Most Americans Say Government Doesn’t Do Enough to Help Middle Class
The analysis in this report is based on two telephone surveys conducted December 8-13, 2015 and January 7-14, 2016. A combination of landline and cell phone random digit dial samples were used; both samples were provided by Survey Sampling International. Interviews were conducted in English and Spanish. Respondents in the landline sample were selected by randomly asking for the youngest adult male or female who is now at home. Interviews in the cell sample were conducted with the person who answered the phone, if that person was an adult 18 years of age or older. For detailed information about our survey methodology, see https://www.pewresearch.org/methodology/u-s-survey-research/
The survey conducted December 8-13, 2015 was among a national sample of 1,500 adults, 18 years of age or older, living in all 50 U.S. states and the District of Columbia (525 respondents were interviewed on a landline telephone, and 975 were interviewed on a cell phone, including 582 who had no landline telephone). The survey was conducted by interviewers at Princeton Data Source under the direction of Princeton Survey Research Associates International.
The survey conducted January 7-14, 2016 was among a national sample of 2,009 adults, 18 years of age or older, living in all 50 U.S. states and the District of Columbia (504 respondents were interviewed on a landline telephone, and 1,505 were interviewed on a cell phone, including 867 who had no landline telephone). The survey was conducted under the direction of Abt SRBI.
The combined landline and cell phone sample are weighted using an iterative technique that matches gender, age, education, race, Hispanic origin and nativity and region to parameters from the 2014 Census Bureau’s American Community Survey (for the January 2016 survey) and the 2013 Census Bureau’s American Community Survey (for the December 2015 survey) and population density to parameters from the Decennial Census. The sample also is weighted to match current patterns of telephone status (landline only, cell phone only, or both landline and cell phone), based on extrapolations from the 2015 National Health Interview Survey (for the January 2016 survey) and the 2014 National Health Interview Survey (for the December 2015 survey). The weighting procedure also accounts for the fact that respondents with both landline and cell phones have a greater probability of being included in the combined sample and adjusts for household size among respondents with a landline phone. The margins of error reported and statistical tests of significance are adjusted to account for the survey’s design effect, a measure of how much efficiency is lost from the weighting procedures.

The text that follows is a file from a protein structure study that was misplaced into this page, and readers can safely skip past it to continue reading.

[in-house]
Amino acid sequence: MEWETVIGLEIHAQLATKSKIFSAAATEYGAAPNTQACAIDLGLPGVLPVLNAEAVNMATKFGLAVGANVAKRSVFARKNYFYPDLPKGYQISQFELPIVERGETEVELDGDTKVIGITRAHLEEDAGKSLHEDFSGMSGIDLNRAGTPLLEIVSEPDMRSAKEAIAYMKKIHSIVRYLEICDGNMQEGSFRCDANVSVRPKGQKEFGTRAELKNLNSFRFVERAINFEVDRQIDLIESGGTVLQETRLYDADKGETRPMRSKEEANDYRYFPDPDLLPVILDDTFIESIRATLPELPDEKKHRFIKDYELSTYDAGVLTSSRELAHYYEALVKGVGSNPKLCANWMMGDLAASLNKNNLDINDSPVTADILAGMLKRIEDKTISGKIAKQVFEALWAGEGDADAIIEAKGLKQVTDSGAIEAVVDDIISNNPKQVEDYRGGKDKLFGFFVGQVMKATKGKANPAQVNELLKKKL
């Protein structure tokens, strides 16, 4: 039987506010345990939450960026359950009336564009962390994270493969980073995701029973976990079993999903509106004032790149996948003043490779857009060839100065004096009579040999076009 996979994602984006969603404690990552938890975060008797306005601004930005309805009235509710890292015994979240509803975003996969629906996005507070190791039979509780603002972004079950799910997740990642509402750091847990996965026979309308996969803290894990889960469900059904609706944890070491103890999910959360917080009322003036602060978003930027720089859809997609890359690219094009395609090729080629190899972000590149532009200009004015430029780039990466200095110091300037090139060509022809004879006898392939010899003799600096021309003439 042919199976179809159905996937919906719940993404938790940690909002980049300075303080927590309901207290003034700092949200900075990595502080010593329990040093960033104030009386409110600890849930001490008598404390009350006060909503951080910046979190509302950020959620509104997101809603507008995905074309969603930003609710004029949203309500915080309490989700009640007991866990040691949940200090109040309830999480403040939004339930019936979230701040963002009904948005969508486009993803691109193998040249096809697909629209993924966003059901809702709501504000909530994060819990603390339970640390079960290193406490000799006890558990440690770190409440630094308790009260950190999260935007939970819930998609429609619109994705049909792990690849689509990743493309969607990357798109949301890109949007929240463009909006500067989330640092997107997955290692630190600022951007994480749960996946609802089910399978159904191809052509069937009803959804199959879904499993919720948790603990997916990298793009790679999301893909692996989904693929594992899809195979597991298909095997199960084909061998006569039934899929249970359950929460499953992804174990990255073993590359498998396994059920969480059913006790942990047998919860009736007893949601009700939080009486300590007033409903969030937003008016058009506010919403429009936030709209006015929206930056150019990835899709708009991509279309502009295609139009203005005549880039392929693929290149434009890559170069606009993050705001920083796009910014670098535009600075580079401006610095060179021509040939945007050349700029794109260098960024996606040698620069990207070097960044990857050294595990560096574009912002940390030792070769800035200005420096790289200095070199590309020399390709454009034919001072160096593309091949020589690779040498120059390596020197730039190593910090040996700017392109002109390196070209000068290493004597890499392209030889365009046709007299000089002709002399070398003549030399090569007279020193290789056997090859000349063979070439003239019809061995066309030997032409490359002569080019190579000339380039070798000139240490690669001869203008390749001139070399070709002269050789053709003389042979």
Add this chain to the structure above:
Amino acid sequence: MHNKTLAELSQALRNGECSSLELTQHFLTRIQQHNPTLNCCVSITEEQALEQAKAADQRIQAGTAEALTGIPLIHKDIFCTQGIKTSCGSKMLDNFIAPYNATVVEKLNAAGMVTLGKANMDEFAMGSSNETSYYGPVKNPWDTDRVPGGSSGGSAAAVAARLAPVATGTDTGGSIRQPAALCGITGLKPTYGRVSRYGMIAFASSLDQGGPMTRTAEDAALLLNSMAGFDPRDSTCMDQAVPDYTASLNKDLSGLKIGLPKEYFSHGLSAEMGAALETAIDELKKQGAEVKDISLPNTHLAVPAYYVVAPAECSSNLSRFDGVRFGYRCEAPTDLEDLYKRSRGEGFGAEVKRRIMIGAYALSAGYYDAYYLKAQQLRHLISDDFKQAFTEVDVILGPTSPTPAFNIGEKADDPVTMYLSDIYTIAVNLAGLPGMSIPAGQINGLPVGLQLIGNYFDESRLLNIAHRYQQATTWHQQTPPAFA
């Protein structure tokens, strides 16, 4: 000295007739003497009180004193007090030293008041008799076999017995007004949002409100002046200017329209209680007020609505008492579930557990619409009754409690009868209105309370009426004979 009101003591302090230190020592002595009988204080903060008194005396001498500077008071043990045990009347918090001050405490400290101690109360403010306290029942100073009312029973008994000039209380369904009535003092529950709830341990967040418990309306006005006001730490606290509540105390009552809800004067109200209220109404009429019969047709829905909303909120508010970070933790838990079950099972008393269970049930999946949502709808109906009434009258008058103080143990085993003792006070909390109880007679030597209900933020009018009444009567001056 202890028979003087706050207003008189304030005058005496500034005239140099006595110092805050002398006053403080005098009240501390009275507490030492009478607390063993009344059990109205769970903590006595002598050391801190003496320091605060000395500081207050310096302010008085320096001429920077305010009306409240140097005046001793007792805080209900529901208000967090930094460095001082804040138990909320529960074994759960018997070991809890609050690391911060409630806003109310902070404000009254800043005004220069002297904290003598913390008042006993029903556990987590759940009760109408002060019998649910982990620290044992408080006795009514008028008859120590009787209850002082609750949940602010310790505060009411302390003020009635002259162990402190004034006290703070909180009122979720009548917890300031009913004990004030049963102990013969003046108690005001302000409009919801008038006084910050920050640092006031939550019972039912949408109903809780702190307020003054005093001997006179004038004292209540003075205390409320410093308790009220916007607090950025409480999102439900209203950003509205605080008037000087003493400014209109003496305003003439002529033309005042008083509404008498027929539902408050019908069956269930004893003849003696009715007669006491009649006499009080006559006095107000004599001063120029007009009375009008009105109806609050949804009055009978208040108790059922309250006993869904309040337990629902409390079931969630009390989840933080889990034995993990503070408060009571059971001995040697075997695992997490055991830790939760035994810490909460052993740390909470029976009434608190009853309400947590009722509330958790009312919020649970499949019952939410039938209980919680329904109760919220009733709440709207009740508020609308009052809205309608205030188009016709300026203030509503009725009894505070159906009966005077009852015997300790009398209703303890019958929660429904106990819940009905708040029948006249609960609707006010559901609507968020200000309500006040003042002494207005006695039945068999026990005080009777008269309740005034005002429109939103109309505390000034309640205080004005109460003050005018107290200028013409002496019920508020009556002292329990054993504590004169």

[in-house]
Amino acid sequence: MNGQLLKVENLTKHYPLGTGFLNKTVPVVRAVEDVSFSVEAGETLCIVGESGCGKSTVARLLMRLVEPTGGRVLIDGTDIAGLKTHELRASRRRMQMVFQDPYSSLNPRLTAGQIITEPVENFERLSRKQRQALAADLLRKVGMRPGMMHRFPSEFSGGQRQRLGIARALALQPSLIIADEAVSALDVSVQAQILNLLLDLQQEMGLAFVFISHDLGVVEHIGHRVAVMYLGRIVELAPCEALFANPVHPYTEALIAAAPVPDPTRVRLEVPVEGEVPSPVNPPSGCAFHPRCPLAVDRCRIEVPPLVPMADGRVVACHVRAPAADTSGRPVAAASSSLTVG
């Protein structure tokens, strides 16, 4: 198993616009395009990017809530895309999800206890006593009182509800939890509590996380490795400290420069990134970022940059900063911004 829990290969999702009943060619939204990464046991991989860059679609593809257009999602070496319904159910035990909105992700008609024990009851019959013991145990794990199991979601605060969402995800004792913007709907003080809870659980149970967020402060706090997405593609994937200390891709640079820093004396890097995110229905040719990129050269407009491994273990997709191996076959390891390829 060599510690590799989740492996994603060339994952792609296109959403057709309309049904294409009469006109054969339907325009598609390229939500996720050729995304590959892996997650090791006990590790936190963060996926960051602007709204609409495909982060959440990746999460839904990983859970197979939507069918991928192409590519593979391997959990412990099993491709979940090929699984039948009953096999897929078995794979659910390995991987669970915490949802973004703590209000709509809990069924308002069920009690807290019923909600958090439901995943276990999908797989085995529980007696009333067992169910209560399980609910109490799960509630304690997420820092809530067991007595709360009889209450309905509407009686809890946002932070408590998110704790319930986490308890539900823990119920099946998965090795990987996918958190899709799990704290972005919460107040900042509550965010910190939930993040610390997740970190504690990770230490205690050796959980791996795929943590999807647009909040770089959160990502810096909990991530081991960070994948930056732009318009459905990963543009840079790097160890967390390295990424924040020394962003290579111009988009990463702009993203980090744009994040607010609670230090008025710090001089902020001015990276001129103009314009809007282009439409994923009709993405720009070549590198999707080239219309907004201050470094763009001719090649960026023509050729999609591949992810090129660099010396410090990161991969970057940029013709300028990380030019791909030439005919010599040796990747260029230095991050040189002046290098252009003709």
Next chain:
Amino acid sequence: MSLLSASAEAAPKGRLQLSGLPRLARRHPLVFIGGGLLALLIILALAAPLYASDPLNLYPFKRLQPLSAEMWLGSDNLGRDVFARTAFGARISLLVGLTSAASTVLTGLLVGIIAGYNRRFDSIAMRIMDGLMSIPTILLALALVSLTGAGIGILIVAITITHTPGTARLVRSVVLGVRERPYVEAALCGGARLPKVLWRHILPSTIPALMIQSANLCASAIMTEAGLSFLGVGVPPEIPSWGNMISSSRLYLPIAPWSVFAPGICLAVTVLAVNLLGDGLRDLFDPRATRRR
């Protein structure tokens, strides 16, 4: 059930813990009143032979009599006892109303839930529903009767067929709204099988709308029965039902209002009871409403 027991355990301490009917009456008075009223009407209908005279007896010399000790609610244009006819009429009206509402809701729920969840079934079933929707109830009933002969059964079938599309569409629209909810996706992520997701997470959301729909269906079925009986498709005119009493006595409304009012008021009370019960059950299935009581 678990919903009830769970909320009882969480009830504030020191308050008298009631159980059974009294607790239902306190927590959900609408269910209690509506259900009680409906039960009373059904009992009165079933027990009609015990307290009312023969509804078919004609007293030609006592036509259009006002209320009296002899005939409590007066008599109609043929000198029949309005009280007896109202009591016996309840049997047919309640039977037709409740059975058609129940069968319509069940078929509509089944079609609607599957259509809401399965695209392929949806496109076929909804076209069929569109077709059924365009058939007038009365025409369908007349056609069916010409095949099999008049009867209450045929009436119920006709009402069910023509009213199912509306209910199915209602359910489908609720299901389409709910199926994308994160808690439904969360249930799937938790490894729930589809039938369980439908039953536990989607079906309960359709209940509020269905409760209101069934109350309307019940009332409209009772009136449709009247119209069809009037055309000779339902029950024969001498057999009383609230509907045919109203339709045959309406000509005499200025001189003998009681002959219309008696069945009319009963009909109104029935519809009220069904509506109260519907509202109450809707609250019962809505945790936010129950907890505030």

The following table shows the unweighted sample sizes and the error attributable to sampling that would be expected at the 95% level of confidence for different groups in the January 2016 survey:
The following table shows the unweighted sample sizes and the error attributable to sampling that would be expected at the 95% level of confidence for different groups in the December 2015 survey:
Sample sizes and sampling errors for other subgroups are available upon request.
In addition to sampling error, one should bear in mind that question wording and practical difficulties in conducting surveys can introduce error or bias into the findings of opinion polls.